Vinyl has become one of the building industry’s most ubiquitous plastics, for it is simply derived by combining ethylene produced during petroleum and natural gas production with the chlorine in common salt. The resultant ethylene dichloride is further processed into gaseous vinyl chloride monomer (VCM) that can then by polymerized into vinyl resin. That vinyl resin is used to make a variety of vinyl compounds.
As chlorine is most readily and cheaply obtainable from brine or seawater, vinyl compounds tend to be both inexpensive and resistant to market fluctuations (such as those affecting oil-based products). Furthermore, chlorine — having flame retardant properties — allows for use of the derived vinyl compounds in situations of potential ignition or flame spread.
There are virtually endless applications of vinyl. Rigid, it becomes PVC piping, employed in water and sewage piping. Flexible, it becomes medical tubing, IV bags and storage bags for blood and other liquids. As a sheathing, it insulates and protects wiring and cabling. It can accept any color, whether opaque, translucent or clear. It can be made UV resistant and durable to many types of assault by chemicals and solvents. From its initial introduction to use in the 1920s, vinyl has for the past century continually expanded its capabilities and use.
One of the few historic drawbacks of vinyl has been off-gassing, or the emission of potentially toxic emissions. However, over the past several decades, improvements in production processes have drastically reduced emissions from various forms of vinyl.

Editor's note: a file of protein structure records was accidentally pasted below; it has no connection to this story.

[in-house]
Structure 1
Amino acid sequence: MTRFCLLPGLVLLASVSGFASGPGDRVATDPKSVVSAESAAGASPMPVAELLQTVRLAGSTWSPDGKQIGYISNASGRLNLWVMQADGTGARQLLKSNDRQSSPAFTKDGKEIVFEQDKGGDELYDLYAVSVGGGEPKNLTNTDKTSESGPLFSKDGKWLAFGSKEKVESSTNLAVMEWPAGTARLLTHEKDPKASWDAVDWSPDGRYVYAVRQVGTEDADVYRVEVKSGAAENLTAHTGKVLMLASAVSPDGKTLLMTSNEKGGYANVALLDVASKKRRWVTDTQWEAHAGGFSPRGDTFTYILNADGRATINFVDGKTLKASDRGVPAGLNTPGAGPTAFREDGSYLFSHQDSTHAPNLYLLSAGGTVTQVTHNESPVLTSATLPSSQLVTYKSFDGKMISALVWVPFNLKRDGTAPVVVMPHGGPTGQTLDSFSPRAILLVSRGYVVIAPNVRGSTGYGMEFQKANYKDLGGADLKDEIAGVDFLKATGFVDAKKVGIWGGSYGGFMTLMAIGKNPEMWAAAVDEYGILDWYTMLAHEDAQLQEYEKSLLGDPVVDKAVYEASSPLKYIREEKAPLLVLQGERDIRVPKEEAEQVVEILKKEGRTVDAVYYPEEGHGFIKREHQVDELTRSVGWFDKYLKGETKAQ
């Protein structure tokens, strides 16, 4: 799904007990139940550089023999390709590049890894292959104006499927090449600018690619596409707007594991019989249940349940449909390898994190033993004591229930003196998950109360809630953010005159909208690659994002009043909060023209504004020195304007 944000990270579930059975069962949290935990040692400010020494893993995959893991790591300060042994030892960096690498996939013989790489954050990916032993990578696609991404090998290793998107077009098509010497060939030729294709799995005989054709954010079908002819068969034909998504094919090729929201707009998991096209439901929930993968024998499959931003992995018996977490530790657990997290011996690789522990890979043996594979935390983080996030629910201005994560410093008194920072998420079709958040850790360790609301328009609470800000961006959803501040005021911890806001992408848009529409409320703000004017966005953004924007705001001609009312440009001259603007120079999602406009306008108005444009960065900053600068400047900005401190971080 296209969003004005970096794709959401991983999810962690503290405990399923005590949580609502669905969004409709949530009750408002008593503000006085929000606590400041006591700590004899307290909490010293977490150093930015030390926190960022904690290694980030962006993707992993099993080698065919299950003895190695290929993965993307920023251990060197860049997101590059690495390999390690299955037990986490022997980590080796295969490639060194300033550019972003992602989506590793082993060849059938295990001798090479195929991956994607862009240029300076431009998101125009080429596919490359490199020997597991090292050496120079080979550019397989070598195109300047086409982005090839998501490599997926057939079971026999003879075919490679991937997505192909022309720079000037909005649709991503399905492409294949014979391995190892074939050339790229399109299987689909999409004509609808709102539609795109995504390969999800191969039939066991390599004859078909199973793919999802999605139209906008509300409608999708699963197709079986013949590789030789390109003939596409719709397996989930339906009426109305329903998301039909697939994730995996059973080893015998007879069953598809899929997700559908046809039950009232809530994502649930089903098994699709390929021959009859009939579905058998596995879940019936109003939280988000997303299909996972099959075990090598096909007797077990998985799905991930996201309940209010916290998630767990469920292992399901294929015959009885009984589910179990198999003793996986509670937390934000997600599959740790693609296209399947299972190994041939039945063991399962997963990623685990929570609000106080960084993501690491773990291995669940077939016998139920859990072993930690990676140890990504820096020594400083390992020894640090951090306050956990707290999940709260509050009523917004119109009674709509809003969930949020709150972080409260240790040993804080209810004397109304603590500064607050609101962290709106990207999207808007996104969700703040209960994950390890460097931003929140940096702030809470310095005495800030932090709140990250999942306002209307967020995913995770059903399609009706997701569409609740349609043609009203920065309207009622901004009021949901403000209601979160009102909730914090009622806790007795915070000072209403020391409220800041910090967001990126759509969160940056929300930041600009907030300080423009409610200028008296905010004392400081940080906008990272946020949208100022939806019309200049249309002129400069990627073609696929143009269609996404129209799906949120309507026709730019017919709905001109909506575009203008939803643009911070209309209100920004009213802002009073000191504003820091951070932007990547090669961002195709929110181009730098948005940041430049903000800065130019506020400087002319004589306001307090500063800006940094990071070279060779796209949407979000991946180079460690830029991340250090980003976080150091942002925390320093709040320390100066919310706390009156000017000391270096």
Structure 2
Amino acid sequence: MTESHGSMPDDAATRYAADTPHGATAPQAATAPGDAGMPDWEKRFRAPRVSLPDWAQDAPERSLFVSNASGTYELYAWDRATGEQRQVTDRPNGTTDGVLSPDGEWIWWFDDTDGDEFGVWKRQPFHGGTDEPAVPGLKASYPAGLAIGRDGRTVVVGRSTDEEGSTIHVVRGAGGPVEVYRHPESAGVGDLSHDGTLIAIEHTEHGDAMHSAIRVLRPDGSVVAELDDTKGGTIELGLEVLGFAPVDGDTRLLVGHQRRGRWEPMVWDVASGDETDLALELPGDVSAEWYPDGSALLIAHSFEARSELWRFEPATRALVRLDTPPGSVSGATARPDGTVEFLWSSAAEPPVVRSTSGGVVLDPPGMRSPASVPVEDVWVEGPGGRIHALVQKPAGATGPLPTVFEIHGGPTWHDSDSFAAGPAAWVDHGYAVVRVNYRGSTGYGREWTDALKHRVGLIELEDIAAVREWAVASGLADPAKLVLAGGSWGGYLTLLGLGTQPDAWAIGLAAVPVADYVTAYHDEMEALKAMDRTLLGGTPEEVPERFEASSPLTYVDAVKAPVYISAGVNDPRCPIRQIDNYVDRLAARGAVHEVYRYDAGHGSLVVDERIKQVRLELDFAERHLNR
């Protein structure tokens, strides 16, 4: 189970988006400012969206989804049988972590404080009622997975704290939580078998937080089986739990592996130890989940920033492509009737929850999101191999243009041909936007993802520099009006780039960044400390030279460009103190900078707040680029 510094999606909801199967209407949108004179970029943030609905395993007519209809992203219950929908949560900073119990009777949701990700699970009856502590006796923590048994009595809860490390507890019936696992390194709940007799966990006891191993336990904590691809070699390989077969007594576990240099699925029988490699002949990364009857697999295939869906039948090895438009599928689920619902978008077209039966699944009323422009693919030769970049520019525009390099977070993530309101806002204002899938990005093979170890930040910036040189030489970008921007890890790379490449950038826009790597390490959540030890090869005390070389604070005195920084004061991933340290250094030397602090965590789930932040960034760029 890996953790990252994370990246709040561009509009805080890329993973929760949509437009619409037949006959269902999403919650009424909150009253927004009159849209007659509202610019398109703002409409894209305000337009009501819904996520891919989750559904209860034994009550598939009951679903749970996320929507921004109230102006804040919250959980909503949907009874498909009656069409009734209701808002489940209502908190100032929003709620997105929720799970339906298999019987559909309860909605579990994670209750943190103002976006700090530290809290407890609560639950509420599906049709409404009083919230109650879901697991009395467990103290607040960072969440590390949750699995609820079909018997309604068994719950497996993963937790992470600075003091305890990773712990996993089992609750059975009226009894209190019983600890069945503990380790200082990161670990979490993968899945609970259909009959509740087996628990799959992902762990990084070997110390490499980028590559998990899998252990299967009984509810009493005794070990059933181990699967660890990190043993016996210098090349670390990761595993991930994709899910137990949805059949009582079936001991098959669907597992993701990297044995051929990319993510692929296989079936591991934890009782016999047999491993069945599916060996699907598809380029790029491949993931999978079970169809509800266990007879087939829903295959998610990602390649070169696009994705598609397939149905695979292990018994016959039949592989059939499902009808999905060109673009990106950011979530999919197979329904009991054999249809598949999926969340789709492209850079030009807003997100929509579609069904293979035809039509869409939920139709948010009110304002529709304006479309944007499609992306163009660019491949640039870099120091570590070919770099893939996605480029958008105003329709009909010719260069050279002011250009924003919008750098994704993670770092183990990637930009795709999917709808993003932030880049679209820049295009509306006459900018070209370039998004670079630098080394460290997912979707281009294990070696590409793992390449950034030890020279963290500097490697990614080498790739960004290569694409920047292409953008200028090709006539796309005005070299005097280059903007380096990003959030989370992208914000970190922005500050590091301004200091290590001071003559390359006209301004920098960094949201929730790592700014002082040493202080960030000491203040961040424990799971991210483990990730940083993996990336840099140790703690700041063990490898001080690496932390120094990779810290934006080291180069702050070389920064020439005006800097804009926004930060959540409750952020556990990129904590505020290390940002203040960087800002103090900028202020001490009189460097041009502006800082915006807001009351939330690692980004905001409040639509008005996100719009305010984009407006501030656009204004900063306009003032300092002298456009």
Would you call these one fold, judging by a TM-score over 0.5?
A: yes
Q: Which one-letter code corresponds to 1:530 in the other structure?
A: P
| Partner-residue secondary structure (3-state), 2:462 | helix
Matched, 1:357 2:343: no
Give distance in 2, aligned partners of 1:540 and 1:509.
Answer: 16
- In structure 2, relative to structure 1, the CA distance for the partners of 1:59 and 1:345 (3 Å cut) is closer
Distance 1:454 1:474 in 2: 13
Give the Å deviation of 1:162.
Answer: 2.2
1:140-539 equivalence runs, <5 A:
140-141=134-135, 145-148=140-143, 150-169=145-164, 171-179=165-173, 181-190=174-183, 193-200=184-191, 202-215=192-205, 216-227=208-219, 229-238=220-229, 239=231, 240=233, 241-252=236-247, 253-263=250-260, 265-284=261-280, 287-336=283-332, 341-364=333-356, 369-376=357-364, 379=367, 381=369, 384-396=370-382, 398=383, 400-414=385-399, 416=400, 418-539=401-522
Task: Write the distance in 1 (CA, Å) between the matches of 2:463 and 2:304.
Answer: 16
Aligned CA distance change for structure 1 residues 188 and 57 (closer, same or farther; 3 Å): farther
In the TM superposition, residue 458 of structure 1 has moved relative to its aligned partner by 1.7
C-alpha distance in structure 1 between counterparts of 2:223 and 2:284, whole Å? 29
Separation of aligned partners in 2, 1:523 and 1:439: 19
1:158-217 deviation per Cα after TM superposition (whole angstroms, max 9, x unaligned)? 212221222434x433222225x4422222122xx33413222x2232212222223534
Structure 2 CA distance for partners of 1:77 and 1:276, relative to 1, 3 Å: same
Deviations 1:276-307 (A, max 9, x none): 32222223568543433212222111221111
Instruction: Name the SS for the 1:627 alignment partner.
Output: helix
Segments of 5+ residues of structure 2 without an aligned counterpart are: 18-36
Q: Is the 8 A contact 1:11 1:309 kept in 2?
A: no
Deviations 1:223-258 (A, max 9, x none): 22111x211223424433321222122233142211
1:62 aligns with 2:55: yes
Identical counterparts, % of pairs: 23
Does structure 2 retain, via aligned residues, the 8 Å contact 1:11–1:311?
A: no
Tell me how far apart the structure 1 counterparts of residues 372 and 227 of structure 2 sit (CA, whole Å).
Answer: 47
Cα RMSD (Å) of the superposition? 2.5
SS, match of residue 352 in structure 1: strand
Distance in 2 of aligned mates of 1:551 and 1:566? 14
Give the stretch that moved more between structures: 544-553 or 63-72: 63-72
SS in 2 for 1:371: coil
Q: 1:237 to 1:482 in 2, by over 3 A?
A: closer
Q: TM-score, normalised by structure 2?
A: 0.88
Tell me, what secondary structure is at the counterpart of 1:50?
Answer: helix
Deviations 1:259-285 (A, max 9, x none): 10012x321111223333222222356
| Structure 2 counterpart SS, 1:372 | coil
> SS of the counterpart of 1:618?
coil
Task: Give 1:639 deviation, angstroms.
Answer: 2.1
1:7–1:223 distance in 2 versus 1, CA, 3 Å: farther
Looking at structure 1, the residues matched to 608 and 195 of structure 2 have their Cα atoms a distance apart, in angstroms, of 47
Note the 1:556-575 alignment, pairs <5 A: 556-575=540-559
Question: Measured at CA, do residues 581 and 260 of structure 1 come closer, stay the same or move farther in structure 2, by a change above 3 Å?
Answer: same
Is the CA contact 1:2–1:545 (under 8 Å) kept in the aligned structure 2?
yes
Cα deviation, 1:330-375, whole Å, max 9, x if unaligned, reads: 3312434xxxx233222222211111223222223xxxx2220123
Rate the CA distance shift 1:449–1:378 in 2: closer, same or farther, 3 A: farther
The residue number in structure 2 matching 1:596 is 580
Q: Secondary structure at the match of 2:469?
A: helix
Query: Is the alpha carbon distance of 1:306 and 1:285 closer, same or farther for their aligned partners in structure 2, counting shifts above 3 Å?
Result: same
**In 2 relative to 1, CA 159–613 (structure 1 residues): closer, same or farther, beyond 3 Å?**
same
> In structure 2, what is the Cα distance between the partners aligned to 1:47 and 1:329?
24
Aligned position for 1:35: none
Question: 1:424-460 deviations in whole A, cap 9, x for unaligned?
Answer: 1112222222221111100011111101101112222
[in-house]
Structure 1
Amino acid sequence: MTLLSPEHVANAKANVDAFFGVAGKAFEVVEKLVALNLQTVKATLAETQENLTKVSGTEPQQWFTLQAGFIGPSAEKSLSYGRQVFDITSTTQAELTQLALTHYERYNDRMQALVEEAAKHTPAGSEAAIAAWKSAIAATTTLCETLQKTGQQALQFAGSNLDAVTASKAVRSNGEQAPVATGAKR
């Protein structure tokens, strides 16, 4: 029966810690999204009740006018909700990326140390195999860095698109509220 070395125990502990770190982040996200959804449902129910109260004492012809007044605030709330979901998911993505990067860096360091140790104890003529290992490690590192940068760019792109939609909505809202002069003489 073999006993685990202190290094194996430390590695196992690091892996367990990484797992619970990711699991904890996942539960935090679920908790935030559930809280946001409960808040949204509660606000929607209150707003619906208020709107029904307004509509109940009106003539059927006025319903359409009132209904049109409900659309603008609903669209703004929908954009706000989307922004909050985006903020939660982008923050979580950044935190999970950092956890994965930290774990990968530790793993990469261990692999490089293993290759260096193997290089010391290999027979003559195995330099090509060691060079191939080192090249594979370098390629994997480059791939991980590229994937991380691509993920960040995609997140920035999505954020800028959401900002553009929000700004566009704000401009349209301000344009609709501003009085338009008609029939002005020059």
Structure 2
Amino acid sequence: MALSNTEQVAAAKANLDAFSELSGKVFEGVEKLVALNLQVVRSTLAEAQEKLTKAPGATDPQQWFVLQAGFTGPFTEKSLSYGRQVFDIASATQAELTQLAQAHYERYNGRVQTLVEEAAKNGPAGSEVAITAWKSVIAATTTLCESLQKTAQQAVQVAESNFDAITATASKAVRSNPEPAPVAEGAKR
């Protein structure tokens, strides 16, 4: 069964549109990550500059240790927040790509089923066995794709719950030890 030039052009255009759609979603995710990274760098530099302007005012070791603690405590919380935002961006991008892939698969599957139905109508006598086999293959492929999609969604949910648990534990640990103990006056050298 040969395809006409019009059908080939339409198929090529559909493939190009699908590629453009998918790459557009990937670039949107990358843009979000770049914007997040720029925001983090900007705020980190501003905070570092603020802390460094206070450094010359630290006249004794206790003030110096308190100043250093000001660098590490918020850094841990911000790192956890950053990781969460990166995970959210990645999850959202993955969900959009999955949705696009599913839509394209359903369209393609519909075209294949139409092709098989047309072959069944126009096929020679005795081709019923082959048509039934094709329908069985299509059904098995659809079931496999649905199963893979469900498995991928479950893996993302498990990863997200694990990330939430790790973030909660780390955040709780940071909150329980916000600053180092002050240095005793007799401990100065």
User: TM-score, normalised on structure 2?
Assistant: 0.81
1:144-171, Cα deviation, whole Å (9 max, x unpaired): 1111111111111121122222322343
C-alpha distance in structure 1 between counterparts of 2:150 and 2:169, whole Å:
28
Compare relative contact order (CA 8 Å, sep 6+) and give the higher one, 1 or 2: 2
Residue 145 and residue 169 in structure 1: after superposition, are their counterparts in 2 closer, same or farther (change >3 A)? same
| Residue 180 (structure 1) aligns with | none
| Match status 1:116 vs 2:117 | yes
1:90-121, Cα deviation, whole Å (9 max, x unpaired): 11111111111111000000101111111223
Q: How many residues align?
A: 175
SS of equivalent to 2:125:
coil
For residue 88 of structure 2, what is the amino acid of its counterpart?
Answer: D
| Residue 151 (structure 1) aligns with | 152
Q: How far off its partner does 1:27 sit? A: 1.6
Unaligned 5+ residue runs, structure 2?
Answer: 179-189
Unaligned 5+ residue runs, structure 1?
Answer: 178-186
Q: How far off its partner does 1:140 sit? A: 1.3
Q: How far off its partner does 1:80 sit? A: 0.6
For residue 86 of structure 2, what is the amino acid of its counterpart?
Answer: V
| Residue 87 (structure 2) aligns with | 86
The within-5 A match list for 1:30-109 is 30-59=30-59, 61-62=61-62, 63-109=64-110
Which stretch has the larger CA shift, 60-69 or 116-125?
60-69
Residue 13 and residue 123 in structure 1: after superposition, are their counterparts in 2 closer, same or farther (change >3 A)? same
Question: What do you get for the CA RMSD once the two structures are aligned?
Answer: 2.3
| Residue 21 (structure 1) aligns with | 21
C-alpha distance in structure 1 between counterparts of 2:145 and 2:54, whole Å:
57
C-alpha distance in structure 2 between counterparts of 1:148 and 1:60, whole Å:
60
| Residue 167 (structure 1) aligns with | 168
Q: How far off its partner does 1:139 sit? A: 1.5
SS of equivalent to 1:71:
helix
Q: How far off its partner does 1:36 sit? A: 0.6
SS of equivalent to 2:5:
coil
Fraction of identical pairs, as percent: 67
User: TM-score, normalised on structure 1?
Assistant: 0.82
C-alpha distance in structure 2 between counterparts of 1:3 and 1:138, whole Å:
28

Perhaps vinyl’s greatest asset (in addition to competitive cost) is its durability. Vinyl piping can last longer than a century, and most vinyl-based building products can provide decades of reliable service. Its next greatest asset is its maintainability over time. Being impervious to moisture and resistant to corrosion, vinyl resists staining and can be often and easily cleaned. Since vinyl can be integrally through-colored, the needs for occasional refinishing or touch-up are virtually eliminated. Furthermore, unlike metals, vinyl has warmth to the touch, and lends itself to soft, curved surfaces, making it a desired material for human contact surfaces, finishes and products.
Vinyl is a thermoplastic, meaning it can continually be processed and reprocessed through the appropriate application of heat, giving it high sustainability. But, since roughly 70% of all vinyl used in construction materials is for elements intended to remain in service for a decade or more, recycling happens much more slowly than with some other materials.
Health care environments can benefit greatly from the versatility, variety, durability and easy maintainability of vinyl. It is therefore no surprise that in some health care settings almost everything may be composed of some form of vinyl: flooring, wallcovering, ceiling surfaces, furniture, upholstery, countertops, handrails, equipment, tubing, wiring, fixtures, supplies, signage, etc.